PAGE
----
Since he lost his TV reporting job last year, Jarrett Hill has been looking for his next opportunity. It presented itself in an unexpected way.
Hill was sitting at a corner table Monday night in a Culver City Starbucks, drinking a venti iced coffee and watching the Republican National Convention on an MSNBC live stream. As Melania Trump spoke, she uttered a phrase that the 31-year-old California native had heard once before — from First Lady Michelle Obama.
"… the only limit to your achievements is the strength of your dreams …," Melania Trump said during her address to the Republican National Convention.
Instinctively, Hill finished the phrase aloud to his laptop screen: "… and your willingness to work for them."
"Kind of like a song that you haven't heard in a long time and you remember the lyrics as you hear them. Or a movie that you know the line to and you kind of respond to it," he said.
He recalled the words from Michelle Obama's speech because, he said, he had thought to himself at the time that it was "really beautifully written."
"I believe I even wrote it down or typed it," Hill said. "Obviously having no idea that eight years later I'd hear them again from a woman who wanted to be first lady speaking at a convention in front of 40 million people."
When Hill googled Michelle Obama and parts of her memorable turn of phrase, her 2008 convention speech popped up. An hour later, after he had watched Melania Trump's full speech again, he realized more than just a few words had been borrowed.
"That's when it dawned on me, 'Oh, this wasn't like a line that happened to be similar,'" Hill said. "This is a paragraph of text that's way too similar to be coincidental."
Hill took to Twitter to share his discovery. He apparently was the first person to publicly note the similarities between the speeches.
The discovery prompted headlines across media outlets and flooded Hill with interview requests worldwide.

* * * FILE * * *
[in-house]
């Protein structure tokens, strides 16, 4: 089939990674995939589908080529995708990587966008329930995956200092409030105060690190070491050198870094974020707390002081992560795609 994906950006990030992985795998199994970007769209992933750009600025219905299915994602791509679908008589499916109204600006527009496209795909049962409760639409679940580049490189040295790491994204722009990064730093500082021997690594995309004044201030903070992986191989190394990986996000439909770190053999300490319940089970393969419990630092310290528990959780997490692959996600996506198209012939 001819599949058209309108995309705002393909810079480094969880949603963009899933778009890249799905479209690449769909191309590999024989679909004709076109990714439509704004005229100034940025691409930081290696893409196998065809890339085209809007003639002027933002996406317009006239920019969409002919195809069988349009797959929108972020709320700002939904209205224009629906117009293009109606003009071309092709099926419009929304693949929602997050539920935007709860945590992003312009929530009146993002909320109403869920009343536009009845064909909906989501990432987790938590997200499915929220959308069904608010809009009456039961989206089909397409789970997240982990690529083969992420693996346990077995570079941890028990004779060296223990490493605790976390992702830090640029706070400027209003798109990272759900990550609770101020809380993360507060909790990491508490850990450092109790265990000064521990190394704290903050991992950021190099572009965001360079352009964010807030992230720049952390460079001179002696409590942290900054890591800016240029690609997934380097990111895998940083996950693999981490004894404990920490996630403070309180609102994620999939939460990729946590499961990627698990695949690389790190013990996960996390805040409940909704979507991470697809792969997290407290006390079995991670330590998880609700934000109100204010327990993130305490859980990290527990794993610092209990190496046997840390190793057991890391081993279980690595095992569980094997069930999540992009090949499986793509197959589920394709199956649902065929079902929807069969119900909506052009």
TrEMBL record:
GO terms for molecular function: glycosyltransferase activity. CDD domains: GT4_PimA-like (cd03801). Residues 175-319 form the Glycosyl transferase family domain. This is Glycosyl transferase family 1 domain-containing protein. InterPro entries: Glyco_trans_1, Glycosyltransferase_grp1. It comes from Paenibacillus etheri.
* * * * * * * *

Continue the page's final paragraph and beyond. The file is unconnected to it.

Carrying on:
One of Hill's tweets, highlighting text from Michelle Obama's speech and sharing a link to a video of Melania Trump's speech, states: "CORRECTION: Melania stole a whole graph from Michelle's speech."
It had been retweeted more than 20,000 times as of Tuesday.
The controversy prompted Paul Manafort, Donald Trump's campaign chief, to blame Hillary Clinton and the media for bringing attention to "50 words, and that includes ands and thes and things like that" that were similar to Michelle Obama's speech.
"These are themes that are personal to her, but they're personal to a lot of people depending on the stories of their lives," he said, pointing out Melania Trump's focus on her own story and what he referred to as "family values."
"Obviously, Michelle Obama feels very much similar sentiments towards her family," he said. "Care and respect and passion, those are not extraordinary words."
Although Manafort blamed those who work for the Democrats' likely presidential nominee, stating they were the "first to get it out there," Hill said he has no connection with Clinton's team.
"Other than being a registered Democrat, I don't have any real connection to the Clinton campaign," he said. "I'm sure it's a good payroll to be on, but I'm definitely not on it."
Hill said he expected the convention to churn out some "spectacle."
"You kind of expect something is going to happen here," he said. "I did not think that the something that was going to happen was going to be me, or my tweet, or Melania using words that we'd heard before."
Hill, who is from Fairfield, Calif., moved to Los Angeles in 2011 to work in television. In 2014, he was hired by ABC Action News WFTS in Florida to work as a producer and a digital on-camera reporter.
He lost his job in April 2015, less than a week after celebrating his 30th birthday.
"It was a gut-wrenching loss for sure," he said. "I moved to Florida for the job and then got laid off eight months after."
Since then, Hill has worked with his agent to look for his next full-time job and has freelanced for places like Huffington Post and Independent Television News in Britain. He also runs an interior design business on the side.
Now, things are looking up for Hill, who pulled up for his next interview in a car provided by CNN. Dressed in a blue blazer and white shirt, he seemed still in shock over the attention his Twitter feed had garnered.
He has done interviews with outlets that include the BBC, New York Times, Access Hollywood and MSNBC, and estimates that he has dozens of other media requests.
"I would love to get a great job from this, doing something that I love," he said, "but I don't think I've even processed all of what's happening."
Hill also received tweets and texts from former colleagues at ABC Action News WFTS, congratulating him and requesting an interview.
He hasn't spoken to them yet, but said he planned to.
"I loved a lot of people I worked with there, but I'm a little salty," Hill said. "I was really upset to have been laid off the way that I was."
"My gut told me I'd come back to that station on a national story someday. No idea it would be like this."
Times staff writer Noah Bierman contributed to this report.
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